UK nuclear new build faces new landscape of vendors

Areva and Chinese partner pull out of bidding for Horizon

By Dan Yurman

When two German utilities, RWE and E.on, dropped their plans to develop the Horizon project—6 Gwe of nuclear power at two new sites in the United Kingdom —disappointment in their departure was tempered by the appearance of three bid teams seeking to acquire the joint venture. Yet, when the bids were opened, a widely anticipated joint proposal from Areva and the China Guangdong Nuclear Power Group (CGNPG) was not among them.

Areva’s decision to drop out just three months after making a media splash with its announcement to proceed with a bid left nuclear industry analysts scratching their heads over the about-face. Neither Areva nor CGNPG gave any reasons for it.

The joint French-Chinese effort was widely expected to offer Areva’s 1600-MW EPR design similar to the units now under construction in Finland, France, and China. Chinese financial backing from a state sovereign wealth fund would have provided the upfront money needed to acquire the Horizon project.

The withdrawal by Areva leaves two other bid teams in place. One is a consortium led by Japan’s Hitachi and the other is a group headed by Westinghouse, which also had reportedly been in talks with China’s State Nuclear Power Technology Group. Westinghouse, which is owned by Japan’s Toshiba Corp., came forward with a bid without Chinese backing, however.

This month Toshiba bought back a 20-percent stake in Westinghouse from The Shaw Group, which is slated to merge with Chicago Bridge & Iron. Industry observers feel that Toshiba will eventually offer that stake to new investors to free up the capital.

The current situation favors Westinghouse, which has completed most of the steps required to obtain the necessary safety certification from the government to build its AP1000 design in the UK.

Areva has also pursued safety certification of its EPR design in the UK, but reportedly has a list of issues to be resolved with the regulatory agency that has responsibility for nuclear reactor safety. In December 2011, the UK’s Office of Nuclear Regulation issued an “interim approval” of both the EPR and the AP1000. Neither Westinghouse nor Areva wants to move forward to complete the costly regulatory process without a firm order in hand from a UK customer.

That said, Areva is still further along by several years than Hitachi, which hasn’t even started the process. It is expected, as part of its bid for the Horizon project, to offer the new 1500-MW ESBWR design. Hitachi is teamed with Canada’s SNC-Lavalin, which now owns the reactor division of Atomic Energy of Canada Limited. Another option might be a CANDU design. Like the ESBWR, however, it would be starting from scratch to obtain a safety certification in the UK.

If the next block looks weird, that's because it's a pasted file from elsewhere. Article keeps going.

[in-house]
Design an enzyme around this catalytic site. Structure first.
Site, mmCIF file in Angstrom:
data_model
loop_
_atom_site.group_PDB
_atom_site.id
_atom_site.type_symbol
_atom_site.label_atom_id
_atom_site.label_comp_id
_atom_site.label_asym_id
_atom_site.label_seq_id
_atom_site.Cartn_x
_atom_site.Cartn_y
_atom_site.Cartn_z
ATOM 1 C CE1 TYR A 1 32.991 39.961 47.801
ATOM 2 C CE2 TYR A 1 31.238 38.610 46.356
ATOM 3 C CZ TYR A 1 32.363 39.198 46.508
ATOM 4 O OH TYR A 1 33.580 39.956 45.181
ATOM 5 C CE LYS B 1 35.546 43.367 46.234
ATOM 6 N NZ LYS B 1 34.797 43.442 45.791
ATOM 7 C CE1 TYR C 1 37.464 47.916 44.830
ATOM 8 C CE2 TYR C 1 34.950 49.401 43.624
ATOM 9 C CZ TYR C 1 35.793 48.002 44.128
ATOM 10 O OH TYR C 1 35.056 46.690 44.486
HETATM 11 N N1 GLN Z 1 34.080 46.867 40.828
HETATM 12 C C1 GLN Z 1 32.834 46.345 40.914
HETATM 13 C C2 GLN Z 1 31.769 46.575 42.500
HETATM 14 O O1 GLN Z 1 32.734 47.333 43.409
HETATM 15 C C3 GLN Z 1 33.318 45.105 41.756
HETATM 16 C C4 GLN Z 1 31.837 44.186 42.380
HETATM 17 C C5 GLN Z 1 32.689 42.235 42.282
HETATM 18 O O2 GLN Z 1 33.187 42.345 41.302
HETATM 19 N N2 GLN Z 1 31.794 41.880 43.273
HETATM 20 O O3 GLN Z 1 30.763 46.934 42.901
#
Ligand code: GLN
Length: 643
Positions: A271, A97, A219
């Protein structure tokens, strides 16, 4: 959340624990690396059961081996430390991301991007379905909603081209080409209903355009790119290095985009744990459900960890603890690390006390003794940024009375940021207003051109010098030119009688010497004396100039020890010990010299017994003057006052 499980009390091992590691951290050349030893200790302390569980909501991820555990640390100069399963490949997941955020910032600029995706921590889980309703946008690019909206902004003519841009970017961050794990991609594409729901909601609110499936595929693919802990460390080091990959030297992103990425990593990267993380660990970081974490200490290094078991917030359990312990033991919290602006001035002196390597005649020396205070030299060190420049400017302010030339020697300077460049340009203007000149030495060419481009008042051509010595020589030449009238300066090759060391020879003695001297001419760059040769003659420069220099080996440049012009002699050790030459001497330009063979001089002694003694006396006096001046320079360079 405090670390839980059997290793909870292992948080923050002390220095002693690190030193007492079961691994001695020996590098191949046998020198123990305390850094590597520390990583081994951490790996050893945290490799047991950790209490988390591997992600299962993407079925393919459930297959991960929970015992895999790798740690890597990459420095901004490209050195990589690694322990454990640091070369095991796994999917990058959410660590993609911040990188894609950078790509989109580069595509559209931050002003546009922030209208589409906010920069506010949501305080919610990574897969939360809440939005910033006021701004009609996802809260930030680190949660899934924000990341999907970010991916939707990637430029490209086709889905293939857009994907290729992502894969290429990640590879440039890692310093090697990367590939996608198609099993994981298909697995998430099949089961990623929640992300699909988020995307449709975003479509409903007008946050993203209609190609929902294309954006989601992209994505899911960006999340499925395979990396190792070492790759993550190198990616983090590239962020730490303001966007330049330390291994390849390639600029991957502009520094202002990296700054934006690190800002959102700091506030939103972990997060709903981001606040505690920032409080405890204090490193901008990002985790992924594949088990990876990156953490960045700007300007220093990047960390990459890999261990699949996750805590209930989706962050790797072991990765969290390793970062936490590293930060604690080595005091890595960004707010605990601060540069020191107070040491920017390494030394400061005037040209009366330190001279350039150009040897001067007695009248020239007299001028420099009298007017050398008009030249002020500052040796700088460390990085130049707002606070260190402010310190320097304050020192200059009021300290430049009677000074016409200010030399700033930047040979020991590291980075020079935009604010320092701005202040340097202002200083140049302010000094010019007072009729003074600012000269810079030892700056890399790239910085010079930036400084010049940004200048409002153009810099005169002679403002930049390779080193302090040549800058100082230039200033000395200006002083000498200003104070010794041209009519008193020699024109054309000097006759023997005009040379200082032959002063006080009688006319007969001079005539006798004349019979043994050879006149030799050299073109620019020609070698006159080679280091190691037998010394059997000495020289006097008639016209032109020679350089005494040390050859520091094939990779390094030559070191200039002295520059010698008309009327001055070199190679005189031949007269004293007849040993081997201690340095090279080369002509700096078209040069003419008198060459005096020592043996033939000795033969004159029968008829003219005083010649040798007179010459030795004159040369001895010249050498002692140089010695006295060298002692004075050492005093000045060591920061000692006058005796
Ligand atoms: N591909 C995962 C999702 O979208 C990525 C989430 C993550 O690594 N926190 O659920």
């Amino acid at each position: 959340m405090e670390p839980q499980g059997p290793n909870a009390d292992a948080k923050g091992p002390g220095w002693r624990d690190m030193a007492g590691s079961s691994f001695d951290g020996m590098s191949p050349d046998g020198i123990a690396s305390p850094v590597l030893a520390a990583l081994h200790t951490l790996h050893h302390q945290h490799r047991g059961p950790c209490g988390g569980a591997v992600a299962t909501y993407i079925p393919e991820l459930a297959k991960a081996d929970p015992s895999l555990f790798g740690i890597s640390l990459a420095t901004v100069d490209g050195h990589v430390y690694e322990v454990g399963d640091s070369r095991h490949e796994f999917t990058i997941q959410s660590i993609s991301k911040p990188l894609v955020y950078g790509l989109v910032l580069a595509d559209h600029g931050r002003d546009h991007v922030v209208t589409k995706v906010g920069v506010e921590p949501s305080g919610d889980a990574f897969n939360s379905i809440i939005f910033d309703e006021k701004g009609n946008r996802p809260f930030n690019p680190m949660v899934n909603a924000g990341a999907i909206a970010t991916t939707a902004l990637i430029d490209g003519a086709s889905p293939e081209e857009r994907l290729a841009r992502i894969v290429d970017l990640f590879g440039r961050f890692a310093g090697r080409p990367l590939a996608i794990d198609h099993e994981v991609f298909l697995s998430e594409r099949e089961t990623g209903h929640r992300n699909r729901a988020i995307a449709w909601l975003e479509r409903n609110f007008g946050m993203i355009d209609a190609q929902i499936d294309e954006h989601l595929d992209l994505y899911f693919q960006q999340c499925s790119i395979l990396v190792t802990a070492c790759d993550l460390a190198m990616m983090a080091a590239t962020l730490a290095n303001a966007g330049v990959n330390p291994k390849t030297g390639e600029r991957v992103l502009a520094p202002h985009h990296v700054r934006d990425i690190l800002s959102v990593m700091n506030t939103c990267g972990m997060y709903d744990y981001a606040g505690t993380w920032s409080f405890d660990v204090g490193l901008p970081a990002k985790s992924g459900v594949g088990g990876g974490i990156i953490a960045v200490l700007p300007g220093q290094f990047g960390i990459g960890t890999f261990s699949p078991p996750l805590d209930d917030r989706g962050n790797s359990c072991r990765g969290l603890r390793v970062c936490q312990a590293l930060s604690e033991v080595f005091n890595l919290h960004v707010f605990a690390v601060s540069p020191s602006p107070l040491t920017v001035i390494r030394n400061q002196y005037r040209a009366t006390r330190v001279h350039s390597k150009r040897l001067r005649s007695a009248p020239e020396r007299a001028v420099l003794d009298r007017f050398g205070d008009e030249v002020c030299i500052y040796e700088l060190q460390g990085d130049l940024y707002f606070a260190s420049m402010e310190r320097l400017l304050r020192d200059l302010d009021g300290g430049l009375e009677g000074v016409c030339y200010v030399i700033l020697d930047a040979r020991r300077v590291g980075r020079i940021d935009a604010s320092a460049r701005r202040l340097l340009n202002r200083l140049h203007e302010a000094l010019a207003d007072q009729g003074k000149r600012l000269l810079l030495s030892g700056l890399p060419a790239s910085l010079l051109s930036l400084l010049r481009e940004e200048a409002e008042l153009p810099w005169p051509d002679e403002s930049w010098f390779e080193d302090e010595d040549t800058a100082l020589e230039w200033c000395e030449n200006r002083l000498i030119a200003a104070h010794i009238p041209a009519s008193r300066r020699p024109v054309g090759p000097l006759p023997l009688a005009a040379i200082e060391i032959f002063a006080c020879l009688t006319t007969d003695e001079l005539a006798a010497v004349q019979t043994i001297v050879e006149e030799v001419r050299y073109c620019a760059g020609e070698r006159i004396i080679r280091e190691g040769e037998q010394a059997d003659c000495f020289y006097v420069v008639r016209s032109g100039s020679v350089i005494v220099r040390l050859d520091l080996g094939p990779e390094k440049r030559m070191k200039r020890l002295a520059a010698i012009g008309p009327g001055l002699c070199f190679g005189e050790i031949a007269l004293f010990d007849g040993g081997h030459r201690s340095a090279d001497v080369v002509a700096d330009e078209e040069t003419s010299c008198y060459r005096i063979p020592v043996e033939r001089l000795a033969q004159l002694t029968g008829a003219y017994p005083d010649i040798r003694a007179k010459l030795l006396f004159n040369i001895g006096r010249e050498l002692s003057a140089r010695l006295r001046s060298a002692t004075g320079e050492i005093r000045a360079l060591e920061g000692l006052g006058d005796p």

China’s entry into the UK nuclear market wasn’t exactly greeted with open arms. Compounding security fears about the UK becoming dependent on Chinese financing were reports that Russia’s Rosatom might try to enter the UK nuclear market as well. While neither country has a place at the table at this time, public and government perceptions of their respective roles would result in stepped up scrutiny on two entities that have a long history of resisting that kind of transparency.

EDF has also reportedly been in talks with Chinese state-owned firms with an eye toward getting them to take a 20-percent stake in two other nuclear power stations. These deals would likely involve Areva EPR reactor designs and financing from Chinese and UK sources.

The question of the extent of Chinese financial interest in the UK nuclear new build may turn on recent news that China will restart its domestic nuclear new build by the end of 2012. China at one time was said to be committed to build upwards of 80 GWe of new nuclear electrical generation capacity, but now it may build far less. Demand for coal-fired electrical power has fallen due to a cooling off of China’s economy. Also, China’s top leaders may be rethinking how many of the older CPR-1000 units to build relative to the safety features of the Westinghouse AP1000.

China has a long-term goal of becoming an exporter of nuclear technology, based on a 1400-MW version of the Westinghouse AP1000. That design won’t be ready for another few years, but cash infusions in Western projects would display China’s growing desire to be a player in the global nuclear market. How much money China would put up remains to be seen, especially if balanced against domestic energy needs.

Czech CEZ rejects Areva for Temelin

While Areva was pulling out of bidding on the Horizon project in the UK,  it suffered an unexpected setback in its effort to win the bid to build two new reactors at Temlin. The deal is expected to be worth about $10 billion.

CEZ, the Czech state-owned electric utility that operates Temelin, said on October 5 that it was disqualifying Areva from the bid process. The utility said that it took the action based on the failure of Areva’s bid to meet “legislative and commercial” requirements.

CEZ did not provide details of what was deficient in the Areva bid, only that there were “fundamental shortcomings” in it.

Areva said that it would appeal the decision, stating that it firmly believes that it has met all the conditions of the tender.

The action by CEZ, if upheld, would leave two other bidders for Temelin. They are Russia’s Rosatom and Toshiba’s Westinghouse.

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Dan Yurman is a frequent contributor to ANS Nuclear Cafe.

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